FEW would have thought it a year ago but the surprise election result of 2012 was Barack Obama's successful return to the White House for a second term as US president.
It wasn't that anyone had doubts about his fitness to do the job; it was just that he had allowed it to become such a close-run thing. In the final straight, his rival Mitt Romney was able to come up on the rails and for a terrifying moment it looked as if the gaffe-prone Republican might make it by a short head.
As theworld held its breath, though, the US seemed to come to its collective senses and a different kind of country – young, non-white and liberal – got behind their man and Obama won more easily than might have been anticipated a week or so earlier in the race. On balance, he had earned the right not be a one-term wonder. The economy might not be in great shape, with a desperate need to introduce federal spending cuts and increase taxation in order to prevent a new recession, but some things have changed for the better under Obama's watch.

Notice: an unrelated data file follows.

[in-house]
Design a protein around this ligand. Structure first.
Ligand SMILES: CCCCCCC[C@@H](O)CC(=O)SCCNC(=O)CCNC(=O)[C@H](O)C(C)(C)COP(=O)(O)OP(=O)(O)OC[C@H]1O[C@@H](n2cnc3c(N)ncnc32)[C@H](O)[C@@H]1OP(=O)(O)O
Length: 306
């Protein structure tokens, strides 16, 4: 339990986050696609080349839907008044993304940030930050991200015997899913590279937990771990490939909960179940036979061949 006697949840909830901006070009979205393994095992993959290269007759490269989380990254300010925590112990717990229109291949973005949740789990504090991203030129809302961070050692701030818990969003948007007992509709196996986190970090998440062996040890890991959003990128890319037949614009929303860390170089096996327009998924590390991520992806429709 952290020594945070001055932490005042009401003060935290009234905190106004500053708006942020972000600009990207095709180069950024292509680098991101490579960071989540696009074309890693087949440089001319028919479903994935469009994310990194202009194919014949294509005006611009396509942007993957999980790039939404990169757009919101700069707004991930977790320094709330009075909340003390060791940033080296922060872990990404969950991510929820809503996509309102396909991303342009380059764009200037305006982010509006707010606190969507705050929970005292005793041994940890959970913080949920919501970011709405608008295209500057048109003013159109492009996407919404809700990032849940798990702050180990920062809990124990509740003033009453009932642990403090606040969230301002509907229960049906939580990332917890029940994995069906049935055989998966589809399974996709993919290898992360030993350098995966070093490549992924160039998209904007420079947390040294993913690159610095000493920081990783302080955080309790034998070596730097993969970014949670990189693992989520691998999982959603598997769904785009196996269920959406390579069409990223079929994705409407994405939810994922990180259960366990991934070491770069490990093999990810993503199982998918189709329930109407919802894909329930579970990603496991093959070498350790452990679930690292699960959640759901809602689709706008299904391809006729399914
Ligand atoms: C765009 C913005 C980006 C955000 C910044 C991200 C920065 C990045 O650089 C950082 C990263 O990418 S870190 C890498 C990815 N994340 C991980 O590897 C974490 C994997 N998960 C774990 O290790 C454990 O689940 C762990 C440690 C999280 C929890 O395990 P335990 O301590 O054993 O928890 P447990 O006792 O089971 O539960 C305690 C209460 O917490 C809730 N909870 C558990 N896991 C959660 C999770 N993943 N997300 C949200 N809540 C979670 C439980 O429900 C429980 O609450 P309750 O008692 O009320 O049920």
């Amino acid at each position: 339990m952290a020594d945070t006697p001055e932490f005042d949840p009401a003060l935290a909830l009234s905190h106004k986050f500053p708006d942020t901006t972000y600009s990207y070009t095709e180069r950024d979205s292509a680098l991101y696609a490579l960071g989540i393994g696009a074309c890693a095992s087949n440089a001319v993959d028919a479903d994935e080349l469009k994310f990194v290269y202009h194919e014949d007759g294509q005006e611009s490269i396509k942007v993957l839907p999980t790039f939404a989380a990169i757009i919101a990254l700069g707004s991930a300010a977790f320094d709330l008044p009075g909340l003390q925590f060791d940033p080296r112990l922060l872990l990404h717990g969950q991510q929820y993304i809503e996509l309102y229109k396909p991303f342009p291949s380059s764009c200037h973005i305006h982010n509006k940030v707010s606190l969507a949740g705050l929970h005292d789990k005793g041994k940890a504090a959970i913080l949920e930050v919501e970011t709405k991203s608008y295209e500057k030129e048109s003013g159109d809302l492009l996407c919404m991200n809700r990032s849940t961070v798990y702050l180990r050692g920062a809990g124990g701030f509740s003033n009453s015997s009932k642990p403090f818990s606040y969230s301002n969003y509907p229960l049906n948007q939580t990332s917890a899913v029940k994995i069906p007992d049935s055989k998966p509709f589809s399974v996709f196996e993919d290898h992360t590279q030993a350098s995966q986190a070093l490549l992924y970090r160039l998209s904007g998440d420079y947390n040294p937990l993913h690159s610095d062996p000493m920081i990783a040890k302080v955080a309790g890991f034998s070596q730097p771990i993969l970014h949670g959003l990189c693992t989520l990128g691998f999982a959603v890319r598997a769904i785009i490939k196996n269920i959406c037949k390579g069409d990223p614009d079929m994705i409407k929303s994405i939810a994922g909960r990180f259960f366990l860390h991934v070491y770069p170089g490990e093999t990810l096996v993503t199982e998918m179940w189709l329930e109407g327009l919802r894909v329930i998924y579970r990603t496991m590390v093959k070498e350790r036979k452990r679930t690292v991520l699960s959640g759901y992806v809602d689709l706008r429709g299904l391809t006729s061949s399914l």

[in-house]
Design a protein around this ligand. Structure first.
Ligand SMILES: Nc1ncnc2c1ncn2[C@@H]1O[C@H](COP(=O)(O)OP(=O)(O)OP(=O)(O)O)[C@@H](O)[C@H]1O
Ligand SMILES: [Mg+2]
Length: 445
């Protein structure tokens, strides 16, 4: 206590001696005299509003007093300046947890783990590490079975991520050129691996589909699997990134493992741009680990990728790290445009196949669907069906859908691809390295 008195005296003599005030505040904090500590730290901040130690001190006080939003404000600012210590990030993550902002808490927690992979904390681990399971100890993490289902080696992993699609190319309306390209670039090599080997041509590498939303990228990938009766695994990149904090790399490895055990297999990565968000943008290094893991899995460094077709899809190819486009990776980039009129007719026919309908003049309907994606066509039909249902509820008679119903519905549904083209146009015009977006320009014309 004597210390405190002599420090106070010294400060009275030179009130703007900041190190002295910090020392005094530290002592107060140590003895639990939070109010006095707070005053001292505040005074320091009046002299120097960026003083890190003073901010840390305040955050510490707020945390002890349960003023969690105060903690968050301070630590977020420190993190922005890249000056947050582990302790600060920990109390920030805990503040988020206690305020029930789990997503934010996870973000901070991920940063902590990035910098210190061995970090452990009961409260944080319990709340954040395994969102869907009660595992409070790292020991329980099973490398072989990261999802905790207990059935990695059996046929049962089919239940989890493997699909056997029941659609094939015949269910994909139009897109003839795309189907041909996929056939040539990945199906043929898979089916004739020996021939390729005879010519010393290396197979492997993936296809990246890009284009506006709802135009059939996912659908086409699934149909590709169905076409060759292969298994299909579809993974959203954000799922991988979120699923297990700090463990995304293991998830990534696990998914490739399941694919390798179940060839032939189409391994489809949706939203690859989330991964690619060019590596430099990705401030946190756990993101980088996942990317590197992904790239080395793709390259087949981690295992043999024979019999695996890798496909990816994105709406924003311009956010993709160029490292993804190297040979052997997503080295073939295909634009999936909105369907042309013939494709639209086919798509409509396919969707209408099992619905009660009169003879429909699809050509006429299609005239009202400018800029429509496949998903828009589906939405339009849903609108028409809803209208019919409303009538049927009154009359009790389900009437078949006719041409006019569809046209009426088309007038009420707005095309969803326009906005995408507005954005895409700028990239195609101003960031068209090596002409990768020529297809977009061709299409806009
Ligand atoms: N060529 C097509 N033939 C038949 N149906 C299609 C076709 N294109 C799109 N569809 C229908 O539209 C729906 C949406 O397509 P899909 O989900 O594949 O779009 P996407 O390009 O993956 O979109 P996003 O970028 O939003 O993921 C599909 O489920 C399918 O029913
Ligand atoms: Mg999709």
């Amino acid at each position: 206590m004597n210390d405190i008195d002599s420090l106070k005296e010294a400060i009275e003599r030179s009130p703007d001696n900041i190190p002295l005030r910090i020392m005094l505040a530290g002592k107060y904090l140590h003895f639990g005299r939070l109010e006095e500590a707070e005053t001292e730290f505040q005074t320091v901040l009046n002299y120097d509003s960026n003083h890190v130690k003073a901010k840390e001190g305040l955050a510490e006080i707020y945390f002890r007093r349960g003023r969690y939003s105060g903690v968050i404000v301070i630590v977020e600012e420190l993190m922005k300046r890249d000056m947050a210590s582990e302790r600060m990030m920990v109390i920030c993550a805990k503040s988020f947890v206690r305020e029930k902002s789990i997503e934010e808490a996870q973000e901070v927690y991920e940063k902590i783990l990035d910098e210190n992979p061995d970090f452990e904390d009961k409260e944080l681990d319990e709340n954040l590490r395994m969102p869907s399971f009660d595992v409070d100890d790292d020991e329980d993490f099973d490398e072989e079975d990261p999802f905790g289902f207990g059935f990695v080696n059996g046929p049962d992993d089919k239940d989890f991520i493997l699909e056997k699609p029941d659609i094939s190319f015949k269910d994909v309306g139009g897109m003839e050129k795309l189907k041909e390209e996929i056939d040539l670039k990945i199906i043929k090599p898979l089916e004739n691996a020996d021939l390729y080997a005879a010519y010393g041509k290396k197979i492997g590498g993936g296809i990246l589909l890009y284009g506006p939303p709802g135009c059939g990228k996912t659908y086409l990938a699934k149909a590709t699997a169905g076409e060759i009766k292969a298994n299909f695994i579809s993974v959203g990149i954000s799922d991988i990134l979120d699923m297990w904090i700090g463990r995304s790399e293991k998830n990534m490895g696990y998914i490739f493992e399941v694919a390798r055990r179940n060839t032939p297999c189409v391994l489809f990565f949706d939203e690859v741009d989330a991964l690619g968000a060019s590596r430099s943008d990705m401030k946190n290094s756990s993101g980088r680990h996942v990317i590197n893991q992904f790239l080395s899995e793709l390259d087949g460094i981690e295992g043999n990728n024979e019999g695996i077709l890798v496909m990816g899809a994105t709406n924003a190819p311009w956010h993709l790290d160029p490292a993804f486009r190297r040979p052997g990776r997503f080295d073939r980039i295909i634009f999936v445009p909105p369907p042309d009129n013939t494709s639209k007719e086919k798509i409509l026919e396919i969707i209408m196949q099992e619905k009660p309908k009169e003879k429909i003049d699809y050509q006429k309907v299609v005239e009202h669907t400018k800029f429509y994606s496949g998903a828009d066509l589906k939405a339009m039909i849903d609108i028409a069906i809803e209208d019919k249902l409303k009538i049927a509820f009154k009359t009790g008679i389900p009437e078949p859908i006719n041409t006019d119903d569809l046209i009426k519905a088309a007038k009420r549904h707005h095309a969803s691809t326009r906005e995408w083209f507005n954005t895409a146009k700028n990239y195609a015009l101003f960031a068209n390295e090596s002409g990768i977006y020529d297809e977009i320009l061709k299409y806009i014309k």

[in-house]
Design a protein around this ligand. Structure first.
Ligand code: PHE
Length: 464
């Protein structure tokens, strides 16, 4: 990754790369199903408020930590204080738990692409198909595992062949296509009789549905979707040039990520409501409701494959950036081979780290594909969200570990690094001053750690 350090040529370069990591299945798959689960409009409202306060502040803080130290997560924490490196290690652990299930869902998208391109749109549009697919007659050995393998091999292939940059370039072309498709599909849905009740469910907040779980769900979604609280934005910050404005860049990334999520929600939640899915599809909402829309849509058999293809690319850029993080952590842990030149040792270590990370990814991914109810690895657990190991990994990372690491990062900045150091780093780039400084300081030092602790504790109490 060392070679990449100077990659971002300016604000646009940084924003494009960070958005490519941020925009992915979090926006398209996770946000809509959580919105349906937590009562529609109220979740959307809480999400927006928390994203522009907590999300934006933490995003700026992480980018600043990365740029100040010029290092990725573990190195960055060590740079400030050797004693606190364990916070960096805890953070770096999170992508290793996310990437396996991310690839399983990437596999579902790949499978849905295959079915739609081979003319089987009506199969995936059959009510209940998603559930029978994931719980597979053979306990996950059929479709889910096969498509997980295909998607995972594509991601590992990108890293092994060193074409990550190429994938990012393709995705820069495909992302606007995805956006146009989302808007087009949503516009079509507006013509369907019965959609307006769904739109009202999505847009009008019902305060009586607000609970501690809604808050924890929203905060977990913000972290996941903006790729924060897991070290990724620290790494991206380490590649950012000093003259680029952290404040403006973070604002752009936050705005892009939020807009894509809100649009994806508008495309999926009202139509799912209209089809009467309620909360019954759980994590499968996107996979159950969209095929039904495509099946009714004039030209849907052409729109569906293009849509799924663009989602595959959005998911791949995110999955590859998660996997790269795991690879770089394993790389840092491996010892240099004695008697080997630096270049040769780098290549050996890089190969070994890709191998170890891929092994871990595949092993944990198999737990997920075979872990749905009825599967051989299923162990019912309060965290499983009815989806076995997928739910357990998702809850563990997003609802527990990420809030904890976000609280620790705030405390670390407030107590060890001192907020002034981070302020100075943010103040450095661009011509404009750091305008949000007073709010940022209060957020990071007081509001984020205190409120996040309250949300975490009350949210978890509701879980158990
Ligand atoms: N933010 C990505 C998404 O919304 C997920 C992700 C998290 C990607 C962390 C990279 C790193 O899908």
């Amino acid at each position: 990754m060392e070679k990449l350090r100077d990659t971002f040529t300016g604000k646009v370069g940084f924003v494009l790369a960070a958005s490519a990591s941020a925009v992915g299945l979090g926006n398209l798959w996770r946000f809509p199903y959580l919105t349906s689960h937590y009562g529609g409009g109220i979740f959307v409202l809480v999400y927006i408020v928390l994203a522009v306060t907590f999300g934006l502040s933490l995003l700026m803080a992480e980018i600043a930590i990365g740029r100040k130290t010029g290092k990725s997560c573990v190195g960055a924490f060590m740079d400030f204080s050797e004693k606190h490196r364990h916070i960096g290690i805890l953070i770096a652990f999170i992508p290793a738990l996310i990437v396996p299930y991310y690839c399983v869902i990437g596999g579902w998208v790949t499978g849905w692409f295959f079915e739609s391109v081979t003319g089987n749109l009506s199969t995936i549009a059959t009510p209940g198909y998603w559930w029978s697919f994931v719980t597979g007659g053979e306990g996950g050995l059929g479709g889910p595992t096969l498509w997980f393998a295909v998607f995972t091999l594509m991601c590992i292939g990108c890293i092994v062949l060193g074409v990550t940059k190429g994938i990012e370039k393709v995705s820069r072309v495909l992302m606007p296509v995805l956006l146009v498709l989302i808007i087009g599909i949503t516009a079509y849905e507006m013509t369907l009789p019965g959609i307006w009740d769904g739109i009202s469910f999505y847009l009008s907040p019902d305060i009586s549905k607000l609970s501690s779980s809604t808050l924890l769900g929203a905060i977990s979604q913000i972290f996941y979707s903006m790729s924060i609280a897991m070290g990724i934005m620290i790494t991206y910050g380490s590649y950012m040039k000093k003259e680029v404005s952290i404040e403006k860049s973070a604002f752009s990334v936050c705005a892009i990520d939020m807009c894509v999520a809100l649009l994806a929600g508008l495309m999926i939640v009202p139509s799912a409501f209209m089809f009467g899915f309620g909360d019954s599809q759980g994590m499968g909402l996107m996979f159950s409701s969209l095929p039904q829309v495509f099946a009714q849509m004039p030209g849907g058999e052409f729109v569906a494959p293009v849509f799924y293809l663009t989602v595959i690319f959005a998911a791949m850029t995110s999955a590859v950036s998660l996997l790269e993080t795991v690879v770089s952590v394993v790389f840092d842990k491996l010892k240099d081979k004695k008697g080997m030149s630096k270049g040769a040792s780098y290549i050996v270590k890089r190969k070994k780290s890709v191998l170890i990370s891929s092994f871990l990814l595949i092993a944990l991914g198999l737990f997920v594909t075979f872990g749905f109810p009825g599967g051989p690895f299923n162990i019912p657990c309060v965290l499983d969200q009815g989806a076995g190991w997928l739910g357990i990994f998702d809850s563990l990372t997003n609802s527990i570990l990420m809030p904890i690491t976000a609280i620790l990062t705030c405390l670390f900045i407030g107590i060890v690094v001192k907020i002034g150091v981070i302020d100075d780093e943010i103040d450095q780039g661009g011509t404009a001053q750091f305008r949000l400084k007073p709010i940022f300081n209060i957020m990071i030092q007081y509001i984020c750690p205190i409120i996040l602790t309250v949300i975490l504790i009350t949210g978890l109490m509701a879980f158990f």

He has shown a steely resolve to extricate US forces from Afghanistan within the coming two years and the much-needed legislation known as Patient Protection and Affordable Care Act was a step in the right direction for providing universal medical provision. All in all, then, it was a good year for the US president and one which went some way to vindicating the high hopes of his groundbreaking election in 2008.
A world away on the Korean isthmus, Kim Jong-un also had cause to be content with the way last year turned out. Although he was not re-elected as such, democracy being unknown in his country, Kim's coming to power also has a sense of things remaining the same. The world's youngest leader succeeded his father and grandfather as the supreme leader of North Korea and as an important bonus he was also promoted to the rank of field marshal, thereby consolidating his hold on power in a country which has serious military ambitions.
If there were any doubts about a lack of modesty in his plans for the future of his debt-ridden country, they were dispelled in November when US spy satellite imagery revealed a massive propaganda message carved into a hillside in Ryanggang Province, reading: "Long Live General Kim Jong-un, the